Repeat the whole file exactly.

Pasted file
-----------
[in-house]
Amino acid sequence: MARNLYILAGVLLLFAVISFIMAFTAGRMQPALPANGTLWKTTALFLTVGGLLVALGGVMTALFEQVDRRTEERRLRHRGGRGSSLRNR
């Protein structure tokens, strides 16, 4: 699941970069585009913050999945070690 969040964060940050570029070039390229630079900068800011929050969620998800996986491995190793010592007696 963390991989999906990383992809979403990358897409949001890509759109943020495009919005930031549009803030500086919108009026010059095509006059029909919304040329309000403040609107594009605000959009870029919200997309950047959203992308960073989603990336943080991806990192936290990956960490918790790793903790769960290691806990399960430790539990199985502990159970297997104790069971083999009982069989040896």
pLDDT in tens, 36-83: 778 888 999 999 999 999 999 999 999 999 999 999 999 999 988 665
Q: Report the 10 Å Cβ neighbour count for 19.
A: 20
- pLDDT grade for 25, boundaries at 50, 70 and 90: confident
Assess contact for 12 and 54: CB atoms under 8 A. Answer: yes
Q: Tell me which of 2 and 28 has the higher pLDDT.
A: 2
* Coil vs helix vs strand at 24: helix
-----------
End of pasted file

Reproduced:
[in-house]
Amino acid sequence: MARNLYILAGVLLLFAVISFIMAFTAGRMQPALPANGTLWKTTALFLTVGGLLVALGGVMTALFEQVDRRTEERRLRHRGGRGSSLRNR
């Protein structure tokens, strides 16, 4: 699941970069585009913050999945070690 969040964060940050570029070039390229630079900068800011929050969620998800996986491995190793010592007696 963390991989999906990383992809979403990358897409949001890509759109943020495009919005930031549009803030500086919108009026010059095509006059029909919304040329309000403040609107594009605000959009870029919200997309950047959203992308960073989603990336943080991806990192936290990956960490918790790793903790769960290691806990399960430790539990199985502990159970297997104790069971083999009982069989040896």
pLDDT in tens, 36-83: 778 888 999 999 999 999 999 999 999 999 999 999 999 999 988 665
Q: Report the 10 Å Cβ neighbour count for 19.
A: 20
- pLDDT grade for 25, boundaries at 50, 70 and 90: confident
Assess contact for 12 and 54: CB atoms under 8 A. Answer: yes
Q: Tell me which of 2 and 28 has the higher pLDDT.
A: 2
* Coil vs helix vs strand at 24: helix